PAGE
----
Have the Rules of Parenting Changed in the Digital Age?

by drlazarus on March 21, 2016

child with computerParents in the digital age face unique challenges that no other parents in history have ever faced, and there’s no doubt that it’s a scary task to take on. Today’s children have the Internet, smartphones and tablets, access to information, and global connectivity that was unimaginable a few decades ago. The good news, however, is that while the platform may have changed, the rules of parenting haven’t.

 

Keeping kids safe in the digital age doesn’t require a whole new set of parenting rules—just a repurposing of what you already know. Modern parenting is still about staying involved, setting a good example, and giving kids the resources they need to figure things out on their own.

As a Littleton area therapist the evolution I’ve seen has been astounding. In only a few years a parents challenge has changed from teaching children to entertain themselves to trying to monitor their use of devices that keep children occupied all the time. Following are a few suggestions that I have…

Protect Kids by Staying Involved

It may seem like an impossible task to keep track of what your kids are doing when they’re spending all that time in front of the computer or on their smartphones. But it’s actually not all that different from keeping track of them when they leave the house: you stay involved by asking questions. Just like you ask who they’re out with and where they’re going, you can similarly ask them from time to time about:

  • What sites they frequent
  • What kinds of apps and games they’re playing, and how they work (if you don’t know)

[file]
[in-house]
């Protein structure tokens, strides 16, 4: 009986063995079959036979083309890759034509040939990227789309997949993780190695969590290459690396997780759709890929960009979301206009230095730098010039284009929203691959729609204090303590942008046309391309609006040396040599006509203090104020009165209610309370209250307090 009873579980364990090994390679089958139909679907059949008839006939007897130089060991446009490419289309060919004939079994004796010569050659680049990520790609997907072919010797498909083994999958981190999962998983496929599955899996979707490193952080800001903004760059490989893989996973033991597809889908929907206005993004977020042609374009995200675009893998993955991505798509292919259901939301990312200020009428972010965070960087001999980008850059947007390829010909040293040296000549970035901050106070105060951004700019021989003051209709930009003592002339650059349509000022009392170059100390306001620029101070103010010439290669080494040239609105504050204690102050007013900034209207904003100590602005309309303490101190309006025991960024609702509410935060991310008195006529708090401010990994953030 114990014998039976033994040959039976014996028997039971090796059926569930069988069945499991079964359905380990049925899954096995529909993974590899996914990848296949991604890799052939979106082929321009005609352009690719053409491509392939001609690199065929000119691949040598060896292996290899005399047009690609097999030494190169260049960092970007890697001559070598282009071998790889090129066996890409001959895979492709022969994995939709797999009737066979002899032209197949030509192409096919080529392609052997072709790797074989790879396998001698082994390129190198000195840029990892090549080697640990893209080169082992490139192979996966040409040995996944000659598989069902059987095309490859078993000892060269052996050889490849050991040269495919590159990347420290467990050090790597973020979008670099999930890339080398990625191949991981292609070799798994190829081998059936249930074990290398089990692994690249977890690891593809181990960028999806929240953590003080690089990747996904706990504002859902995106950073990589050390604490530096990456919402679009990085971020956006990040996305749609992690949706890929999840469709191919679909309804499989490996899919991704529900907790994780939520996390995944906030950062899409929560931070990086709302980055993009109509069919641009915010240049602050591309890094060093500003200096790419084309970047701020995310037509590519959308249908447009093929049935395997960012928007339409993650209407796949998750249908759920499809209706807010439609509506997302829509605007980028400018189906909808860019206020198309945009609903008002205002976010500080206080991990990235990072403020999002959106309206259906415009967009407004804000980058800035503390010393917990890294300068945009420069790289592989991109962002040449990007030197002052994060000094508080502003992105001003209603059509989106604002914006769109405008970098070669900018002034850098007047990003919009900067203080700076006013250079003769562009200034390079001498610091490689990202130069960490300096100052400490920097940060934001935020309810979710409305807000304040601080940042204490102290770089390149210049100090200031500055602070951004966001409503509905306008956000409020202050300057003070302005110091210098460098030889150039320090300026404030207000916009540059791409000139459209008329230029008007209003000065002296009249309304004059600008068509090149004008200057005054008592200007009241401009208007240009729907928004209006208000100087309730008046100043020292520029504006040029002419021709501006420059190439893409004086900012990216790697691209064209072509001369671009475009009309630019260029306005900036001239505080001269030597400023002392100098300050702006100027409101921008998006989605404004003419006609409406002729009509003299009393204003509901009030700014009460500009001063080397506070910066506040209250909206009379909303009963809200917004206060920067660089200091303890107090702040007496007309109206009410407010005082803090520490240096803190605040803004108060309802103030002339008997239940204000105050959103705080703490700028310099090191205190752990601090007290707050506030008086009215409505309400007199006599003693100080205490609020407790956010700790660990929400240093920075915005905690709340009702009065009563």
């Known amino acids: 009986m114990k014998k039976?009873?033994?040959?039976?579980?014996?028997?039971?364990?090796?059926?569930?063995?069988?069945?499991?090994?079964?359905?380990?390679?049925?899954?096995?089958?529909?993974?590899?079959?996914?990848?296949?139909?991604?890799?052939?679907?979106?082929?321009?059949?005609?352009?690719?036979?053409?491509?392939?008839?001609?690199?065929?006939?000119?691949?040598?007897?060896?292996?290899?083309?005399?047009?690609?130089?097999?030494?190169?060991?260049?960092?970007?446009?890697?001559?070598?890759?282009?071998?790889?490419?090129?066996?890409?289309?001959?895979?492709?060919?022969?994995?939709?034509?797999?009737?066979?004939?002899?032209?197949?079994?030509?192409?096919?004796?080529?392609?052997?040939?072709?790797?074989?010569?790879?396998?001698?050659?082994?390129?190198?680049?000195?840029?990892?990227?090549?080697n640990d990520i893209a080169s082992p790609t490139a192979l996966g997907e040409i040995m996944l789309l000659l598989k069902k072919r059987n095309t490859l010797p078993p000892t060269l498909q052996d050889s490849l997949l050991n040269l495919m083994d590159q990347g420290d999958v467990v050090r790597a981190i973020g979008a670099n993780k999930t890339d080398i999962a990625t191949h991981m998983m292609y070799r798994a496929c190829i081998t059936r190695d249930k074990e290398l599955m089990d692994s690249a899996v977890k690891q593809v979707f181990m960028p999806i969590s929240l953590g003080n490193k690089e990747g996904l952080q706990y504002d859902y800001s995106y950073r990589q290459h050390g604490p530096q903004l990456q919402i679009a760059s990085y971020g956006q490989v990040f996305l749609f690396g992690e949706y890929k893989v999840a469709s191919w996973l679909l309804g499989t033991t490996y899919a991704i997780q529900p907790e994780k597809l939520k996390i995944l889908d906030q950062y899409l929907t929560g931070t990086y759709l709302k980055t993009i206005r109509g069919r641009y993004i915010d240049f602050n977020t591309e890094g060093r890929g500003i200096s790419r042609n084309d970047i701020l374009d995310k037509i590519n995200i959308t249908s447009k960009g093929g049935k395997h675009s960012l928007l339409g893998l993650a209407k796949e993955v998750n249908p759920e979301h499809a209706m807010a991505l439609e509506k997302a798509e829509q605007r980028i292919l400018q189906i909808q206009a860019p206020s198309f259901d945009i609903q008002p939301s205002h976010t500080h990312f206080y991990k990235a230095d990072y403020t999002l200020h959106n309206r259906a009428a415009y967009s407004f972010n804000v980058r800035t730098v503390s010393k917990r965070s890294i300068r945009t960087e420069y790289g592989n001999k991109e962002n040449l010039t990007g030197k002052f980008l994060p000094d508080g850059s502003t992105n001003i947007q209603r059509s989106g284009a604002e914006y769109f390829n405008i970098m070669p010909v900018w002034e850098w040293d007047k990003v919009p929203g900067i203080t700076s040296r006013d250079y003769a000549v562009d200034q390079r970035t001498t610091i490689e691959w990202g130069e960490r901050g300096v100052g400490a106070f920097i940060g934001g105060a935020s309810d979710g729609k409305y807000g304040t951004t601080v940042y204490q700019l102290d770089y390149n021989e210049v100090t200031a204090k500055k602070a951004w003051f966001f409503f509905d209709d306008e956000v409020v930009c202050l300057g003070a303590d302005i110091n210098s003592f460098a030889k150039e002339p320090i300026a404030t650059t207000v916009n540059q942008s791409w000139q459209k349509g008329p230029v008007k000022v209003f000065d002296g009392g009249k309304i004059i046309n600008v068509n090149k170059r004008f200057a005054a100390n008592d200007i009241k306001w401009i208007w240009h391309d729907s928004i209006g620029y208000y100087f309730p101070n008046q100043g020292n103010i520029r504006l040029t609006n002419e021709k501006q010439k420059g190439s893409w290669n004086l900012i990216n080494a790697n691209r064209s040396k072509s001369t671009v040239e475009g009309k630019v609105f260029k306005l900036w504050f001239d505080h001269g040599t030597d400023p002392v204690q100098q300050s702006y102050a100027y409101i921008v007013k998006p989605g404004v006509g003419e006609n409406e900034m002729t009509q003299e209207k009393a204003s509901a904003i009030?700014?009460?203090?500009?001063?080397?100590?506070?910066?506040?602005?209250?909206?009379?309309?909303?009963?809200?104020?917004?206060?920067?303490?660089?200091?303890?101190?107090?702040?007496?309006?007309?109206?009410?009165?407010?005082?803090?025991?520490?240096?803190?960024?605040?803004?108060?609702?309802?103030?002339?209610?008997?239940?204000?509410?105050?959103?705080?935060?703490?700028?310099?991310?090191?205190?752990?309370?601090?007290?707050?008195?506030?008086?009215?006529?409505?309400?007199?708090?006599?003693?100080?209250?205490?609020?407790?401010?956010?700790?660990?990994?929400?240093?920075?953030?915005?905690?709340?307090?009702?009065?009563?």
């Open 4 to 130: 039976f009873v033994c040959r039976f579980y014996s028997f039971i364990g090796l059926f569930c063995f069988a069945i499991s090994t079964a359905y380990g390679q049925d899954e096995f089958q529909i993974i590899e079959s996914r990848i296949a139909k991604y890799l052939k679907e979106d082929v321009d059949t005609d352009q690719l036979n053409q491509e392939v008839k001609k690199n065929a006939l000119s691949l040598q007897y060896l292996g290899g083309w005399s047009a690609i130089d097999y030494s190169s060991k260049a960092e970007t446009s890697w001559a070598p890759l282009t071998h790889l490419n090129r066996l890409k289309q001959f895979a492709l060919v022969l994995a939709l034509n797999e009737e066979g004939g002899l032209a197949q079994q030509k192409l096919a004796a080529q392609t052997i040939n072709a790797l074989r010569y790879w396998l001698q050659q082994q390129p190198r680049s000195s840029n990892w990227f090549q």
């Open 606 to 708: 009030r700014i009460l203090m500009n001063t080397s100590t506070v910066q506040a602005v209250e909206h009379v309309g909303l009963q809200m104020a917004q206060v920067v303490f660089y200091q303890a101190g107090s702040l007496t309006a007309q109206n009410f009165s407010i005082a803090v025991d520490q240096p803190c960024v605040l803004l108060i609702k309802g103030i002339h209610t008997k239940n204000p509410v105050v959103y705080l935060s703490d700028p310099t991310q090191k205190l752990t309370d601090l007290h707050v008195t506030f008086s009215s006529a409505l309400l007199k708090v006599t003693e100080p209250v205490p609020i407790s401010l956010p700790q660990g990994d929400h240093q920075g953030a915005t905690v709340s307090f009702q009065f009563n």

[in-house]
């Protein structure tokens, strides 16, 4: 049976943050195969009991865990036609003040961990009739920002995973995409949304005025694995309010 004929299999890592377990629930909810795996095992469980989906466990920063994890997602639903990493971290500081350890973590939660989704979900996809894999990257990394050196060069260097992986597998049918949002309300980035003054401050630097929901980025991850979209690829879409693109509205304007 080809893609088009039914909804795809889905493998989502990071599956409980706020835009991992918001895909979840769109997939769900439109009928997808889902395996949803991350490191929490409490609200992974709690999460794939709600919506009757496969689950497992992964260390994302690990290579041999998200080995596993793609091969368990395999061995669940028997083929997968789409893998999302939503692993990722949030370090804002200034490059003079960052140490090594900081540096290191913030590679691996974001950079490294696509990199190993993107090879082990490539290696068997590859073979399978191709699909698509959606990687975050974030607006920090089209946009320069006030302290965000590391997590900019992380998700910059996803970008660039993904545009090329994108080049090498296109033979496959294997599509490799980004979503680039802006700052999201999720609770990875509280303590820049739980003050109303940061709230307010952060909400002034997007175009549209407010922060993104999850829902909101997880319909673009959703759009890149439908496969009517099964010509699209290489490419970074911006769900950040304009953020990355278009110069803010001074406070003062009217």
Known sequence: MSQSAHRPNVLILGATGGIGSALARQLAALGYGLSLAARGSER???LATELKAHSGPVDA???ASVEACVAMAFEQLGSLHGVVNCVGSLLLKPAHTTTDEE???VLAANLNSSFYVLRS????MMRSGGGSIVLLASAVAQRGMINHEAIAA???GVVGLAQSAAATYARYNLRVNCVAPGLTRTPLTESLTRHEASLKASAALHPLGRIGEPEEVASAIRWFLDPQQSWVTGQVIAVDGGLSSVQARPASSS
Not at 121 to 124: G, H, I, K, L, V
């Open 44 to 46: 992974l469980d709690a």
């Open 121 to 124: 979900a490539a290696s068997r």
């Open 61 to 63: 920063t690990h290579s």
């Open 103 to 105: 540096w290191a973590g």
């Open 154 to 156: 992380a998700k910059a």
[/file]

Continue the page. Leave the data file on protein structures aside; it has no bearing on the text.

• Who their online friends are and who they talk to
  • Which people and sites they follow

Whether it’s going to soccer games, seeing school plays, or keeping apprised of their online lives, parenting was—and still is—about active participation and unconditional love.

Monitor and Restrict Online Time

When your child wants to eat ice cream for breakfast, and you say no, this same parenting skill is applicable in the modern world. Again, it’s only the subject matter that’s changed when it comes to the digital world: the same way you ensure they eat nutritious food, so too can you make sure they’re only consuming high-quality and appropriate digital content. Being a parent to a digital native means restricting what they do and how much time they spend online, monitoring who they talk to, and teaching them about appropriate online behaviors and content.

Similarly, it’s important to teach kids that they should treat people online the same way they would in person because their online actions have consequences just like real-world actions do.

Understanding and Using Technology Responsibly

Another traditional aspect of parenting that still applies in the digital world is the importance of being a mentor and role model for your children. Kids tend to learn by example, and this holds true for interactions with technology. If you are digitally literate and understand and practice appropriate online behavior, so too will your child.

If you spend all your time texting or checking emails or trolling Facebook, your child will grow up thinking that’s acceptable. If you want to teach your child about limits, restrictions, and appropriate behavior, then you too must practice those same things, and this is true in the real and virtual world.

Technology is now a ubiquitous and unavoidable aspect of life, so more than ever it’s important to make time to spend with family, in person, without the distraction of digital devices. And as long as you make the effort to unplug now and then and encourage your child to do the same, then you can still enjoy technology without letting it rule your lives.

Raising children in the digital world doesn’t have to be a daunting and intimidating process, especially if you remember that all the same rules of parenting still apply.

As an animal assisted therapist I’ve learned that children can still be entertained the old fashioned way. The digital age is no different from any other age, save the devices and connectivity. Interaction and engagement with others is just as vital now as it has always been.

Dr. Steven Lazarus is a psychologist in Littleton, Colorado.  He specializes in helping children and teens work through divorce.

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